For example I am sure you have all been following the events surrounding the return of the bodies of Ehud Goldwasser and Eldad Regev. It was two years ago, July 12, 2006 that Hezbollah attacked a reserve patrol along the northern border but because they took their bodies it was not known for sure if they were alive or dead.
In many ways this attack precipitated the second Lebanon War that had such catastrophic results for Israel. It was their capture that caused us at TBS to start saying the prayer for soldiers that we recite every Shabbat morning as part of our davening.
And it came to an end this past Wednesday when all Israel watched the live television picture of Hezbollah announcing that if you want to know the fate of your boys? And then they placed two coffins on the ground. It was a sad moment, a tragic moment in the life of modern Israel - and it was played out over 24 hours culminating in their funerals on Thursday. It was heart wrenching - but as usual it was a privilege to be here and see how this country and this people deals with its heartbreak. The comments of Karnit Goldwasser who spoke at her husband's funeral -- they had been married less than a year - and the clips from their wedding video are interspersed with his funeral on Israeli TV.
And now begins the debate -- was it worth it? was it the right thing to do? Israel traded 199 bodies and 5 live Lebanese prisoners -- to get back the bodies of Ehud Goldwasser and Eldad Regev. Israel is now going through that internal soul searching that it does so well. The commentators are giving their opinions and the people are debating and something very remarkable is happening. There right in front of my eyes a nation is changing, maturing, learning, reacting.
I don't know why but it just doesn't seem to happen that way in America. There are events, there are those who speak out -- but maybe because we are so much larger -- you just don't see it happening -- the wheels turning, the pained looks, the thoughtful responses the anger and sadness that gives way to understanding and growth. Here it is just so much more -- real.
What makes this country so remarkable is that it does learn. It grows. Yes, it makes mistakes -- and some of them have been tragic. But, it rarely sweeps them under the rug, it almost never ignores them or denies them -- that is not what they do here. Here, like father Jacob so long ago -- in an act that got his name changed to Yisrael -- here they wrestle.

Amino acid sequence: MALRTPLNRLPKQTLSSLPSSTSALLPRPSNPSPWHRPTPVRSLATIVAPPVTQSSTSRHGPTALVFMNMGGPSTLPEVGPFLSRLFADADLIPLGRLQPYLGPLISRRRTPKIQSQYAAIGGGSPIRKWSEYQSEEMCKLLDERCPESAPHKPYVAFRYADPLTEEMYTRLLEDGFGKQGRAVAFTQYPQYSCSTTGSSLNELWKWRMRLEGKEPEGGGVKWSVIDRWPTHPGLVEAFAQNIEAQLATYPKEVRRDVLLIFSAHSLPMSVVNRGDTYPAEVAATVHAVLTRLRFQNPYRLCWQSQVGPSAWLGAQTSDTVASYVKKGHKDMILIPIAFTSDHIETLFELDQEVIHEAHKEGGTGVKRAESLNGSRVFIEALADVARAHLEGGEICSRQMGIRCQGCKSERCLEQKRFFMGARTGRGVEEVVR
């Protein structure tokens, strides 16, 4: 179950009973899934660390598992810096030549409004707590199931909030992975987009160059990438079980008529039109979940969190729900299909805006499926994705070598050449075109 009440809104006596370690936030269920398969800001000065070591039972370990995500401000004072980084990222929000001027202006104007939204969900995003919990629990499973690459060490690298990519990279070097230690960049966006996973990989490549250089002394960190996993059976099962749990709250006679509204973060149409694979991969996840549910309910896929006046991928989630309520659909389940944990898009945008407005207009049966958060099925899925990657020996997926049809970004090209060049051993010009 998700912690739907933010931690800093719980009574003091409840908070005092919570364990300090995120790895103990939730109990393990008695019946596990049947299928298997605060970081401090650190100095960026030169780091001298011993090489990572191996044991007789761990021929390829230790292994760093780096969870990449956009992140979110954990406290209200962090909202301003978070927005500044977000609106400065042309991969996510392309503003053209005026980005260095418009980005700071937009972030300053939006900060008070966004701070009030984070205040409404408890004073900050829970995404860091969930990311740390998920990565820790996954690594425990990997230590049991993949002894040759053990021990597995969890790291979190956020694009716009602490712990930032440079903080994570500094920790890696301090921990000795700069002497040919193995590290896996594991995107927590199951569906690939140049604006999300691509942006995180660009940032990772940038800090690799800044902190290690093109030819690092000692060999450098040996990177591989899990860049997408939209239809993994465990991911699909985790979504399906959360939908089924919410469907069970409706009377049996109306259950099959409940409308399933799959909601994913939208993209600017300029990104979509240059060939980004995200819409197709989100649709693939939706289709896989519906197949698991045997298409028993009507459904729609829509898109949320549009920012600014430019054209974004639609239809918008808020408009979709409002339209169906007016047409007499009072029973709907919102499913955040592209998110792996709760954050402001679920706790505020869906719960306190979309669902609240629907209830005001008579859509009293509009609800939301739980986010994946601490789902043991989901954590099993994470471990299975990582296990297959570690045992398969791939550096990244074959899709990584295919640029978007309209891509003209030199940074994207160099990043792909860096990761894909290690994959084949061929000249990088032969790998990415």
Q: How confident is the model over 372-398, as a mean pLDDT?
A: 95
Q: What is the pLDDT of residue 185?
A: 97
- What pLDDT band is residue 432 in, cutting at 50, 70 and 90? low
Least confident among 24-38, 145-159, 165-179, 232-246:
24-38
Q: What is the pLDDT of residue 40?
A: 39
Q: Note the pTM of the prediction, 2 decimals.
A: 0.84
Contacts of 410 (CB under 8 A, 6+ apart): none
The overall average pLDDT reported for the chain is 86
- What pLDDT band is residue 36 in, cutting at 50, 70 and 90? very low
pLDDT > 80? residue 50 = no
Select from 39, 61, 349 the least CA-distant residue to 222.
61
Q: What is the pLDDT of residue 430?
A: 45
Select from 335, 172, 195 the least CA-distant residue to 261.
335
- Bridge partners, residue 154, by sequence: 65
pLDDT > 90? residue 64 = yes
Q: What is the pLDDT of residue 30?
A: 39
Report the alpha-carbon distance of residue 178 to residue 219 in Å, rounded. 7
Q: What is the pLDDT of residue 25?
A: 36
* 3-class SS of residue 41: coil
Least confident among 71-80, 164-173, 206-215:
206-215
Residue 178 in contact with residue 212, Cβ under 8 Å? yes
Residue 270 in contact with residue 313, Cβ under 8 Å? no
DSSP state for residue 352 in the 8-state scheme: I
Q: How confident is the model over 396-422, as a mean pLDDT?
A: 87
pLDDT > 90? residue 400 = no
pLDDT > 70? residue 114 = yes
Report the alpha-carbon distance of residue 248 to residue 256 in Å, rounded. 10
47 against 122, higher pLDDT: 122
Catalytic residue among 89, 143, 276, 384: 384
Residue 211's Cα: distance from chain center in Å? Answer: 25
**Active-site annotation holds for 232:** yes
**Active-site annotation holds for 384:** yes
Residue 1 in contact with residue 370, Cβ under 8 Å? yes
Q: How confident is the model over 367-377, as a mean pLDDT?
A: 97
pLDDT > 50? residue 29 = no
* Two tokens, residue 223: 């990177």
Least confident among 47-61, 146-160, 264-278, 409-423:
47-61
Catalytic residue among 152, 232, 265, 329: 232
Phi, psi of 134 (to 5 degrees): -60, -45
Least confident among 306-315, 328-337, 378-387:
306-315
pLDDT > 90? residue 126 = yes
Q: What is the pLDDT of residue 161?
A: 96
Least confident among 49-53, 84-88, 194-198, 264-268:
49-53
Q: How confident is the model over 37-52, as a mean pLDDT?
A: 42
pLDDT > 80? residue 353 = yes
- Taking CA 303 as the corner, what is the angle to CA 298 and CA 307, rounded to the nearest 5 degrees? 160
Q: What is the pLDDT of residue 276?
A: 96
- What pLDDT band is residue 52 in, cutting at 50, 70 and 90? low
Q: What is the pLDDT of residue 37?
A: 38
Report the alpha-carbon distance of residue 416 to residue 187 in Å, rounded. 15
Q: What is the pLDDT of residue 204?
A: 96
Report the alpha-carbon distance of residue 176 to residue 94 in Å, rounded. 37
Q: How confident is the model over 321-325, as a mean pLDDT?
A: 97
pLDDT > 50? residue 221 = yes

Wrestling is still what Israel does best -- they wrestle with each other, but most of all, they wrestle with themselves.
Two scenes played out on the TV screen this past week -- on the other side of the border Nasralloah gave triumphant speeches how they won. They danced and they celebrated a victory that brought them nothing. And here on our side --we cried and we mourned the funeral of our two boys who finally came home. There was a lot of crying here in Israel this week and a lot of sad conversation, some heated debates and a lot of love and support. I am glad that I am on this side of the border -- on our side.
For a wonderful example of the kind of soul searching that is going on here take a look at this Danny Gordis piece
On Wednesday night we took a walking tour of the Nahlaot section of Jerusalem with Benjy Levin the grandson of "The Tzadik of Jerusalem" Reb Aryeh Levin. It was a remarkable evening of stories and a glimpse into a Jerusalem that is no more. We were introduced to the characters who walked these streets almost some 60 years ago. Sinners and saints and personalities that were quite remarkable. Like the milkman Reb Sholem who was so pious that he was disturbed by the housewives of Rehavia who were coming out to purchase their milk in their nightgowns -- so he dipped his Streimel --his hat in herring brine and smelled so bad -- they left the bottles on the doorstep with a note rather than coming out to meet him.
On Thursday we took a tiyul, a trip down to Qumran on the Dead Sea. We were escorted by Hanan Eshel a remarkable archeologist who specializes in the Dead Sea Scrolls. You can read more about him here
We spent an entire day learning about the Qumran sect and one of the things that we learned is that Qumran in the summer is VERY HOT! Having barely survived our trek up to a few of the caves where the scrolls were found and exploring the community in which they lived more than 2000 years ago -- we were bussed up to the Israel Museum where we were met by Adolfo Roitman the Director of the Shrine of the Book that houses the Dead Sea Scrolls. You can actually see what we saw at: Israel Museum Shire of the Book web site as they have put many of their precious texts online.
There has been much in the news lately about this period of history from another one of our teachers at the Hartman Institute -- Israel Knohl. You may have seen the article in the New York Times and it has created a lot of discussion and conversation here.
We also managed to take in a couple of movies as part of the Jerusalem film Festive -- a Czech Film called "Empties", that was very cute and a Jordanian film called "Recycle" that was very troubling.
And remember, all of this was just a quick walk through of what has been going on this past week outside of my classes!!!!
Now we are preparing for Shabbat. I forgot to mention that last week we had the pleasant surprise of bumping into Billy and Rachel Goldstein, Jacob and Morris in shul! We were all davening at Shira Hadasha -- what a treat. Tonight we are having some friends over for dinner. Tomorrow we will be davening at a shul called Yediya and having lunch with Rabbi Joel and Barbara Roth.
So Shabbat Shalom and I look forward to continuing our conversation soon.
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